An in-flight battery fire was the likely cause of a glider crash that killed a 72-year-old pilot in Kaikohe in 2017.
It was the first battery fire on a glider in New Zealand.
The Civil Aviation Authority released its safety investigation report into the crash today.
It said "fumes and smoke" would have filled the cockpit and caused pilot Ricco Legler, of Russell, to lose control of the glider.
The crash was "not survivable".
The battery was a part of an Electro 40/30 electric motor used for self-launch take-offs and to sustain flights.
Aviation Safety deputy chief executive Dean Winter said flyers should ensure batteries are charged and properly maintained according to the manufacturer's instructions.
"Battery fires burn at a very fast rate releasing significant energy and toxic fumes. Within seconds a cockpit can be filled with toxic smoke.
"These fires can be deadly and spread quickly."
Legler, an experienced pilot, launched his glider from Kaikohe aerodrome at 1.40pm on November 16, 2017.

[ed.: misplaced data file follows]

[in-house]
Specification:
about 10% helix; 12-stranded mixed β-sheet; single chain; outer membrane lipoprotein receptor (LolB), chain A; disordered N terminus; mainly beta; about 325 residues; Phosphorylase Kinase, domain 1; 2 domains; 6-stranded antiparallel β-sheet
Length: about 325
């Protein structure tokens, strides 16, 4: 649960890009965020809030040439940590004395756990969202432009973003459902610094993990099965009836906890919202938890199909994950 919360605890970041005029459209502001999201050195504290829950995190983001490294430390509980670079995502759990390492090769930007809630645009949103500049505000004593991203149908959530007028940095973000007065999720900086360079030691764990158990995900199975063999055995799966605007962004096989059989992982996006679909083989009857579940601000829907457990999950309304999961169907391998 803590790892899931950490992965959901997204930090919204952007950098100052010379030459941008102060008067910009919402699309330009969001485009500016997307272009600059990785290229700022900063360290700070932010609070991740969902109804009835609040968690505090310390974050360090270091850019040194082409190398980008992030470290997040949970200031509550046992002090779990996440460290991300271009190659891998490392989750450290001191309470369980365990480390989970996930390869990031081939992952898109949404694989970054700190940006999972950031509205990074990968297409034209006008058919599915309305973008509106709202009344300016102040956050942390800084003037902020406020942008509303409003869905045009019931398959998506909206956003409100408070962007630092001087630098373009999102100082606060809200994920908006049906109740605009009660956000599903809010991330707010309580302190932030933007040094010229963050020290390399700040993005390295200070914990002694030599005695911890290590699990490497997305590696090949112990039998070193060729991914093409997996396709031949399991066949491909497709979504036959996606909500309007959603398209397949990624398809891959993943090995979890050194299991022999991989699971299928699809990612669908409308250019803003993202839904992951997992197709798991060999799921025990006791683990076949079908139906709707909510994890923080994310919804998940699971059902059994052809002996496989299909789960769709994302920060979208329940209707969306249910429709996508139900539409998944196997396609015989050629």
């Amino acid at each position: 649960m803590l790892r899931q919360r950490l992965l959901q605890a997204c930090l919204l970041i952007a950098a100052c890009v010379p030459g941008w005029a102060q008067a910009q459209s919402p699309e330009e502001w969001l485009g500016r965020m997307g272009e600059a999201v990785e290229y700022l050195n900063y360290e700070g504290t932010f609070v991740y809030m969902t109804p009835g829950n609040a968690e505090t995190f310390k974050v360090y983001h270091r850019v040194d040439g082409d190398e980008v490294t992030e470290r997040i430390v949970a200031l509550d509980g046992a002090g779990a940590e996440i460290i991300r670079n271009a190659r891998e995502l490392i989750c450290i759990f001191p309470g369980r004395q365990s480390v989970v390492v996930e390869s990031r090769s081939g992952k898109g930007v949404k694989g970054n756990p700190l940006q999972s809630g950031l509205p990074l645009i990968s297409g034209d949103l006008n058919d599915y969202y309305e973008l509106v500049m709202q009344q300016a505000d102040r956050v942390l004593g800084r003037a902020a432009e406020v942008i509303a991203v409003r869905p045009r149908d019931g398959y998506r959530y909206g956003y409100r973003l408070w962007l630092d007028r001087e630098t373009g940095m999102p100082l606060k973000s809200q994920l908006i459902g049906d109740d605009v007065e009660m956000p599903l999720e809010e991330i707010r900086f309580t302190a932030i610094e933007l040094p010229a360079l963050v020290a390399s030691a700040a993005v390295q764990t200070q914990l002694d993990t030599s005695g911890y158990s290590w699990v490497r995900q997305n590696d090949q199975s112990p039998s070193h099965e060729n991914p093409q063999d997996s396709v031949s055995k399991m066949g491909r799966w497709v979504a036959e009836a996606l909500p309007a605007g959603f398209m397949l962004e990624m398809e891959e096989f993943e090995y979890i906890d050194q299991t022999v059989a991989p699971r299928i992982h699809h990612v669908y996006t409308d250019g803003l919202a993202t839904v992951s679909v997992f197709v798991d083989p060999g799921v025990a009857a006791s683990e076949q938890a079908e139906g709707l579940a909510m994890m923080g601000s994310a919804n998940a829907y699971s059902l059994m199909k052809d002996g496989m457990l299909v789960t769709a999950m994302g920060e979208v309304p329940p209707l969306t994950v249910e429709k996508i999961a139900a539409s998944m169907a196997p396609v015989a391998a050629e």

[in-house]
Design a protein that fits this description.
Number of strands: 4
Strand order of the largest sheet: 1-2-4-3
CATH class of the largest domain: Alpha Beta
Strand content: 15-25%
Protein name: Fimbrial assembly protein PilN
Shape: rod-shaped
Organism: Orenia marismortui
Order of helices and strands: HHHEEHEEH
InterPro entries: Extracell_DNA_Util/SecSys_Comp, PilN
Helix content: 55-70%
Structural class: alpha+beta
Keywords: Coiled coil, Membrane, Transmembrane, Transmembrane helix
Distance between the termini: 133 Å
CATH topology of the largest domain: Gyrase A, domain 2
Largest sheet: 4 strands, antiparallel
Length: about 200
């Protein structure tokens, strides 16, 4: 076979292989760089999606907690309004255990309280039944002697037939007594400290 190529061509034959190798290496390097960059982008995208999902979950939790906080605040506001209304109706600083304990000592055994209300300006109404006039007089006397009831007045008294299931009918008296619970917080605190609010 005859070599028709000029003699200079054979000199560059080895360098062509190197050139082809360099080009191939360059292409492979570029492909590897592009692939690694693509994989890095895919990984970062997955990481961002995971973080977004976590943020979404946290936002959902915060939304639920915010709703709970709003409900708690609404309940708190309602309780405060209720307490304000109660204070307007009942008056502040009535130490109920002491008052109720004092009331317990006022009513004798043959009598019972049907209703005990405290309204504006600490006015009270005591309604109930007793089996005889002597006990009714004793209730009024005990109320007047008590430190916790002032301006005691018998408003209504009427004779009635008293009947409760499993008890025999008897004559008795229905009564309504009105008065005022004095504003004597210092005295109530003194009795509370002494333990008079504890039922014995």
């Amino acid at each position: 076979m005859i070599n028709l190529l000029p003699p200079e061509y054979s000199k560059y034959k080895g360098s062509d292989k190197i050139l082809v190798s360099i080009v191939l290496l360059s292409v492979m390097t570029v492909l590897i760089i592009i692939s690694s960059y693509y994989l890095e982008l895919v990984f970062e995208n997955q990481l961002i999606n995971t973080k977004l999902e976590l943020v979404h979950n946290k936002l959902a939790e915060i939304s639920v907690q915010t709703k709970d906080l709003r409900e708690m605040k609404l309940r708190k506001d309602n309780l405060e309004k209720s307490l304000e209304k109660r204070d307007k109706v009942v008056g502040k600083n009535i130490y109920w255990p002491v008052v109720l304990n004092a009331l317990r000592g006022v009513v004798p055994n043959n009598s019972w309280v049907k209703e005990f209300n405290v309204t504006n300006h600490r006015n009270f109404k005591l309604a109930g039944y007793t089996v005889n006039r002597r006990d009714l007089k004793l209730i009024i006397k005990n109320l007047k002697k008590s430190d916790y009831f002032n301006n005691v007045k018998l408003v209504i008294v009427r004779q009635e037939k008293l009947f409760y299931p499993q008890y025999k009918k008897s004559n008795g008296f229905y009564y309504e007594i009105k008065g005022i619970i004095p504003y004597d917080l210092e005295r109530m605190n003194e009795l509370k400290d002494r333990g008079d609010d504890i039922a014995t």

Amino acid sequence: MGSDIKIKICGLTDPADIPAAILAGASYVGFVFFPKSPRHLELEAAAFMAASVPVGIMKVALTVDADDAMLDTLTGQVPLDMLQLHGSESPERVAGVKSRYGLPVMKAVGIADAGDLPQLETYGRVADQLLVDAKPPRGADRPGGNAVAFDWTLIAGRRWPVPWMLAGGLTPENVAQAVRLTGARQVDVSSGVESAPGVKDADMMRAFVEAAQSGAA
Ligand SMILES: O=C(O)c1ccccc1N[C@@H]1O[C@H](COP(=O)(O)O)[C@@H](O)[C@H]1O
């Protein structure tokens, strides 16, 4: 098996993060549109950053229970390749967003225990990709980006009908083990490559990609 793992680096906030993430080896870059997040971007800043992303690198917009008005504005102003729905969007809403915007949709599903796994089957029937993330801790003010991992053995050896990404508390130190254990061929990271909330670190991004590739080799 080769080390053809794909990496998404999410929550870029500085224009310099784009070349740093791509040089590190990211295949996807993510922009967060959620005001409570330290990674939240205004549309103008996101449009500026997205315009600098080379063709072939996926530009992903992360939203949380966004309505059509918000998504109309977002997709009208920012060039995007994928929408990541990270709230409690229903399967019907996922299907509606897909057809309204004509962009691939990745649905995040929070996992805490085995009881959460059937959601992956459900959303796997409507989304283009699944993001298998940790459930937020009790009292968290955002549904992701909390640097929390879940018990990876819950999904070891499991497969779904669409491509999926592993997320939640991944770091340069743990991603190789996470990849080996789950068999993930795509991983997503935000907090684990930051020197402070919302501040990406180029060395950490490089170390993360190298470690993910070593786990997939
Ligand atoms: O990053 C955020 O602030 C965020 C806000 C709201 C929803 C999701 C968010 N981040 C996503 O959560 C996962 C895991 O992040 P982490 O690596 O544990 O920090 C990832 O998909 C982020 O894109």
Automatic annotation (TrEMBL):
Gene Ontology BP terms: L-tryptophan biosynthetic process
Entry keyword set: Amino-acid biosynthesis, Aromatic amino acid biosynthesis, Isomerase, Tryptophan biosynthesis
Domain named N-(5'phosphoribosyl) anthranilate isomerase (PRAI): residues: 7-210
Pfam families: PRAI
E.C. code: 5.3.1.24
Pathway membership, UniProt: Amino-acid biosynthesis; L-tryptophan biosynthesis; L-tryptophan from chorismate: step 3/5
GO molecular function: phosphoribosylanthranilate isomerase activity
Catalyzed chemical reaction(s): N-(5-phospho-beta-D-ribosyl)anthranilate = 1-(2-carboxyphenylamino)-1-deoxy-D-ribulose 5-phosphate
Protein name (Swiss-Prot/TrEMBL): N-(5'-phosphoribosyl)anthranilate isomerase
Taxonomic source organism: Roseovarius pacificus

Sometime between 2.15pm and 5.30pm, the fire broke out while the glider was soaring.
The glider was making an emergency descent and approach to Kaikohe aerodrome when it exceeded its speed limitations.
This led to structural failure of the wings and the glider broke up in-flight, the report says.
Legler, who was a member of the local gliding club, held a glider pilot certificate and private pilot helicopter licence.
He had 592 hours experience on gliders, with 87.9 hours on the glider ZK-GEL.
At the time of the crash, there were no other battery-powered gliders in the country, Winter said.
"We are also concerned any lithium polymer battery in any device or aircraft can cause a fire."
The authority also recommended pilots consider fire detection, containment and fire proofing systems; manufacturers address in-flight battery fires and outline how to check and charge batteries properly in flight and maintenance manuals.